The National Hockey League’s All-Star Game is a chance to showcase the league’s best players in one game.
From 1947 to 1968, the Stanley Cup champions would take on a team of the best players from around the NHL. That was considered the All-Star game up until 1969, when the All-Star Game became a division versus division format.
From 1969 until 2009, the All-Star game would vary in degree to competition between two set teams. From 1969 to 1997, as the league expanded, the competition went from division versus division to conference versus conference. In 1998, the NHL introduced an All-Star Game that featured NHL North American All-Stars against NHL World All-Stars. That lasted until 2002, then it was switched back to a conference format.
In 2011, the NHL introduced the Fantasy Draft, where two players would captain their represented teams, and select their team based on the players selected to participate in the All-Star Game. Then, both teams would play with a mix of players from both conferences.
At first, it was a cool concept with guys like Alex Ovechkin and Corey Perry playing on the same team. How about the Sedin twins playing on separate teams? It happened.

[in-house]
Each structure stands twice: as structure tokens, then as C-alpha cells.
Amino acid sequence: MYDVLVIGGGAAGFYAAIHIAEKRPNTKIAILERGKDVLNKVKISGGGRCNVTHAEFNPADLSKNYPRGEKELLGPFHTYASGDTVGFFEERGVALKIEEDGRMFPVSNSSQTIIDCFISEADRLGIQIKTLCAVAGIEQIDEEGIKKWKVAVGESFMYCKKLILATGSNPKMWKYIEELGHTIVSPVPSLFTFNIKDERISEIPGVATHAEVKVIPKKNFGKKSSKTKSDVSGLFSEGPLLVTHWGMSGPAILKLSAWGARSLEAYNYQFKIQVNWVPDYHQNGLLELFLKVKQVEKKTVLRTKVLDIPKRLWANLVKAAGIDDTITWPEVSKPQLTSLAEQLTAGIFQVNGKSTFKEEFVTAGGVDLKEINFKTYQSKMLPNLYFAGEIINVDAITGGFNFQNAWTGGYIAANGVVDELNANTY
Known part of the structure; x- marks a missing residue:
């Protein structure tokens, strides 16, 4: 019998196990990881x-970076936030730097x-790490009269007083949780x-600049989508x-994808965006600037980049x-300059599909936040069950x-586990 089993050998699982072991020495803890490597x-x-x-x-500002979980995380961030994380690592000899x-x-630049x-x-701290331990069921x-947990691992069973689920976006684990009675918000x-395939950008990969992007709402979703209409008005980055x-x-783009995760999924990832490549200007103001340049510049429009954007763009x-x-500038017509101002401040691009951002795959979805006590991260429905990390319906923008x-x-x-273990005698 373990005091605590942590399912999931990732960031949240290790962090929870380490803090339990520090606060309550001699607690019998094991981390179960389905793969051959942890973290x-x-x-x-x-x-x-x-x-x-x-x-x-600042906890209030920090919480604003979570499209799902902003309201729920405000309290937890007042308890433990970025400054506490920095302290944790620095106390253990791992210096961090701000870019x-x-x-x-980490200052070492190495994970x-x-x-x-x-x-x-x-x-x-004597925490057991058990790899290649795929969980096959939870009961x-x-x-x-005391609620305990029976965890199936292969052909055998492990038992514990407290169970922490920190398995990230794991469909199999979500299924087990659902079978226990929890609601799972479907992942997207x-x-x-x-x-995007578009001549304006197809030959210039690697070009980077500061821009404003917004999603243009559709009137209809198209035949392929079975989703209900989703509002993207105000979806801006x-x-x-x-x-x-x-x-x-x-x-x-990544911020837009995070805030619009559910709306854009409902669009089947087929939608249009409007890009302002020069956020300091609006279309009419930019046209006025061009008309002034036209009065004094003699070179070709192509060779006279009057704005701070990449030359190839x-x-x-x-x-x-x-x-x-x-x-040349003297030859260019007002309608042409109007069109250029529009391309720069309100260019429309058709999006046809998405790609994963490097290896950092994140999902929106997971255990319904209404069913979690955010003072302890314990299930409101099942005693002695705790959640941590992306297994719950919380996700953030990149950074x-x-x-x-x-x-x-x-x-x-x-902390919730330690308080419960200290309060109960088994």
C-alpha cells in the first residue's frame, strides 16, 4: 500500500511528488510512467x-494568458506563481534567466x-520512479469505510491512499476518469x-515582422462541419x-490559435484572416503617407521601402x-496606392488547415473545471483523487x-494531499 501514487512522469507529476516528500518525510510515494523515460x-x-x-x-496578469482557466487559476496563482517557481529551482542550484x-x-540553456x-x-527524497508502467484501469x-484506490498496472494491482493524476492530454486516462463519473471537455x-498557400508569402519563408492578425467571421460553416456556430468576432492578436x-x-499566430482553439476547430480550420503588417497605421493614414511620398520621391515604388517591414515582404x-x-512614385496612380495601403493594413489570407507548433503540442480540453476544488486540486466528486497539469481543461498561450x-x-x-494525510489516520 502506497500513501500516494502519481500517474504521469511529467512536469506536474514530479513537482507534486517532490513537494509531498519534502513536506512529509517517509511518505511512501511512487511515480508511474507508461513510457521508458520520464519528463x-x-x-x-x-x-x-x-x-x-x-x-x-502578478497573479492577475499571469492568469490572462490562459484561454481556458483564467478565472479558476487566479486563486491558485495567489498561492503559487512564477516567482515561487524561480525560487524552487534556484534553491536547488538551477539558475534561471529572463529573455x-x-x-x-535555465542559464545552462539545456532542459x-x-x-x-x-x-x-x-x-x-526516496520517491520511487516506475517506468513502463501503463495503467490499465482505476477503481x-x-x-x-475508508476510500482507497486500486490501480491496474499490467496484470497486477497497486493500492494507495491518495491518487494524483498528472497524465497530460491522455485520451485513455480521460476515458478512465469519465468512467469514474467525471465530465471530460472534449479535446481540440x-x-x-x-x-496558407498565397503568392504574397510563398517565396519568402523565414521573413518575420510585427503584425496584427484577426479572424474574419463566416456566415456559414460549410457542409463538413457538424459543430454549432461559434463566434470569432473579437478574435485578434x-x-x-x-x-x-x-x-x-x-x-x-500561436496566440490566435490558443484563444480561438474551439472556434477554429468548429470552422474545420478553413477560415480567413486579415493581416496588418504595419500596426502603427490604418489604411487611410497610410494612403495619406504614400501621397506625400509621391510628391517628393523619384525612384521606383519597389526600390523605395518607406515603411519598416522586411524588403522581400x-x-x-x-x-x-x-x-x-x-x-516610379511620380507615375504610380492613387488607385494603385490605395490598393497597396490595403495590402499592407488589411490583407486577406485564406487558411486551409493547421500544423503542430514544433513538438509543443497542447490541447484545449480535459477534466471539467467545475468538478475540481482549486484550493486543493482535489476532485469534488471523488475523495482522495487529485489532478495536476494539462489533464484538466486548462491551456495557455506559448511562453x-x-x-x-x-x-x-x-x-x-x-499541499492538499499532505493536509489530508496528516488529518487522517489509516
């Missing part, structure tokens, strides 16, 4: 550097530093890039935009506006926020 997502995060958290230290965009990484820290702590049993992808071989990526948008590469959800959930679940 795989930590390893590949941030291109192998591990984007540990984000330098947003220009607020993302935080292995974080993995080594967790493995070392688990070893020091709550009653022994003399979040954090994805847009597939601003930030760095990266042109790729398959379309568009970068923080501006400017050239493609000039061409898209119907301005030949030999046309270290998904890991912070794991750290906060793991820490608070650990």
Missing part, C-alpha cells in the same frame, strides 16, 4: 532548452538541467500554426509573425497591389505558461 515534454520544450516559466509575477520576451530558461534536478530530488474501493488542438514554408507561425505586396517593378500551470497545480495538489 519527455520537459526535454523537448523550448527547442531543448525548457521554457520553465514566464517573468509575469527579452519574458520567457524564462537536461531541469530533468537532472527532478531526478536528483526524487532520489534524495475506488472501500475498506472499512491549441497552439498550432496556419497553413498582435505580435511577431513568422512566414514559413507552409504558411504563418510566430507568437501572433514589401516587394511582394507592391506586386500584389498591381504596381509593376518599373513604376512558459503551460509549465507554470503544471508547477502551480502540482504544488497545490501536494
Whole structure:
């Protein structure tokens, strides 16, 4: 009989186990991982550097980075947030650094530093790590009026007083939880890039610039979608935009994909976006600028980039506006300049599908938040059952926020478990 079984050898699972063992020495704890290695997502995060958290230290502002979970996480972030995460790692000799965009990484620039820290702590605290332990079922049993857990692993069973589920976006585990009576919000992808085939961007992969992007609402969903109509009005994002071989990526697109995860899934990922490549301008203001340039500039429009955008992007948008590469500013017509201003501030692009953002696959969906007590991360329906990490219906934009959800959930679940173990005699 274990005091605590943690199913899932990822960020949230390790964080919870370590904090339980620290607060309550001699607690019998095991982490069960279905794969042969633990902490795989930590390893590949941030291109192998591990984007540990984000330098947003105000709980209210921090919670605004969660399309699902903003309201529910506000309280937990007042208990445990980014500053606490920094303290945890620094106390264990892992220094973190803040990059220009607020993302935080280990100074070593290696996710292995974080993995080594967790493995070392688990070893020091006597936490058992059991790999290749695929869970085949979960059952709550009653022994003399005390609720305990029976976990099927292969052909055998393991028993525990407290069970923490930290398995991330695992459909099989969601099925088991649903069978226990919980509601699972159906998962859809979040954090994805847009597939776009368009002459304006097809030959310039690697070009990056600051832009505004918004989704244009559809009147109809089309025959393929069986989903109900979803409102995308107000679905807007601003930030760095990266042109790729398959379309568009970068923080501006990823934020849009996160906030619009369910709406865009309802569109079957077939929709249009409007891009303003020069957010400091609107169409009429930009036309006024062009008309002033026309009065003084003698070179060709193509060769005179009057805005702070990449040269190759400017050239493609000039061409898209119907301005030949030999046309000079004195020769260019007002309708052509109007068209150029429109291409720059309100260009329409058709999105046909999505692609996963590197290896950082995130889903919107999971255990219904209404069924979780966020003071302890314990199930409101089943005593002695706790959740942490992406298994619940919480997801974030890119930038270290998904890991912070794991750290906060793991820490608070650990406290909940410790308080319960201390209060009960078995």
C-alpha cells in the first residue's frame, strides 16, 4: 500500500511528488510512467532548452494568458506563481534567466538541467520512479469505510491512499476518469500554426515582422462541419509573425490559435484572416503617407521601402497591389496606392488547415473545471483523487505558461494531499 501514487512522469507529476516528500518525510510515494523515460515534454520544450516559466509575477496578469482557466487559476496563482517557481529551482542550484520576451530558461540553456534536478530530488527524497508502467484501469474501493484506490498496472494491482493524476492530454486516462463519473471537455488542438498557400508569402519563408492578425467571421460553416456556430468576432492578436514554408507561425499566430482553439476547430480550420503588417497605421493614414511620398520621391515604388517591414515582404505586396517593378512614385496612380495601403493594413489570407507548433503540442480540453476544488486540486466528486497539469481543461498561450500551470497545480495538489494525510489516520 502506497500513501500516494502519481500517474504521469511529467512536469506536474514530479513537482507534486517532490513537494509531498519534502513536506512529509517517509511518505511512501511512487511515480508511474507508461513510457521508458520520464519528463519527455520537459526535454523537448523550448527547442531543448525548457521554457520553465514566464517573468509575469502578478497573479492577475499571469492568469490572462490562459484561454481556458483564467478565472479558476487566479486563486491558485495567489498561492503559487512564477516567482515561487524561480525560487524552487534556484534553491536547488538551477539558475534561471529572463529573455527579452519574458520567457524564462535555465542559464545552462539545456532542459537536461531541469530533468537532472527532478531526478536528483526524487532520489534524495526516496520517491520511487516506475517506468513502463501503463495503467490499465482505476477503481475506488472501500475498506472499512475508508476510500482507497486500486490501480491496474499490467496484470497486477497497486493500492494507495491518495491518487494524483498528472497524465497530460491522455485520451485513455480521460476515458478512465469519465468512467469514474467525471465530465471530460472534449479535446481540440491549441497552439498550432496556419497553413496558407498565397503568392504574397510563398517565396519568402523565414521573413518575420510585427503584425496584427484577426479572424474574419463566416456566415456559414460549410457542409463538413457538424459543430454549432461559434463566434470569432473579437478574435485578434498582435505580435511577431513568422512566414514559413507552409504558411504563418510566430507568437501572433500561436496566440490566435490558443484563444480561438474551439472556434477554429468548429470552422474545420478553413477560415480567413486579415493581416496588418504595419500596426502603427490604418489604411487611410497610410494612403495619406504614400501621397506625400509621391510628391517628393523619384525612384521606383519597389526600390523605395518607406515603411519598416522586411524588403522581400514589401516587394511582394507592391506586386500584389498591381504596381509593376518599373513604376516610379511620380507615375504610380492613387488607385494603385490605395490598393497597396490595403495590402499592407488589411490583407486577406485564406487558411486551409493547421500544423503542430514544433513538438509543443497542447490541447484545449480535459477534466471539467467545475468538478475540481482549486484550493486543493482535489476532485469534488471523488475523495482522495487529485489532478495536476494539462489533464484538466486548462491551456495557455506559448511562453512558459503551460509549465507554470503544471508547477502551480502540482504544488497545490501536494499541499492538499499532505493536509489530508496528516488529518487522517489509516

But the NHL wanted to spice things up even more, as last season’s All-Star game was lack-luster, and the players were just coasting and playing just to play. Plus, the All-Star Game jerseys were a sore eye for the fans.
This season, the All-Star Game gets an overhaul, as it will be a 3-on-3 tournament with three 20-minute games played in a divisional format. Unlike previous games, these teams will be competing for a prize, which is a $1 million prize to split amongst the players. Each divisional team will have eleven players, composed of six forwards, three defensemen, and two goalies.
The first two games will feature the Central Division versus the Pacific Division, and the Metropolitan Division versus the Atlantic Division. The winner of those two games will clash in a winner-takes-all game for the grand prize.
Sounds fun and exciting, right? Sounds more watchable than the debacle that the All-Star Game has been in past years.
There is just one niche with the All-Star Game festivities that has been a problem throughout the years: the voting process.
Yes, the fans get to vote for the players they want to see in the All-Star Game. Yes, it does get the fans involved in the game. However, it has gotten completely out of hand.
The 2016 All-Star Game voting process began on Tuesday, and will conclude on New Year’s Day. The fans get to vote for the four captains of each team, and the NHL hockey ops. will choose the remaining cast of players. Through the first couple of days of fan voting, Arizona Coyotes’ fourth line winger, John Scott leads the voting for the All-Star Game.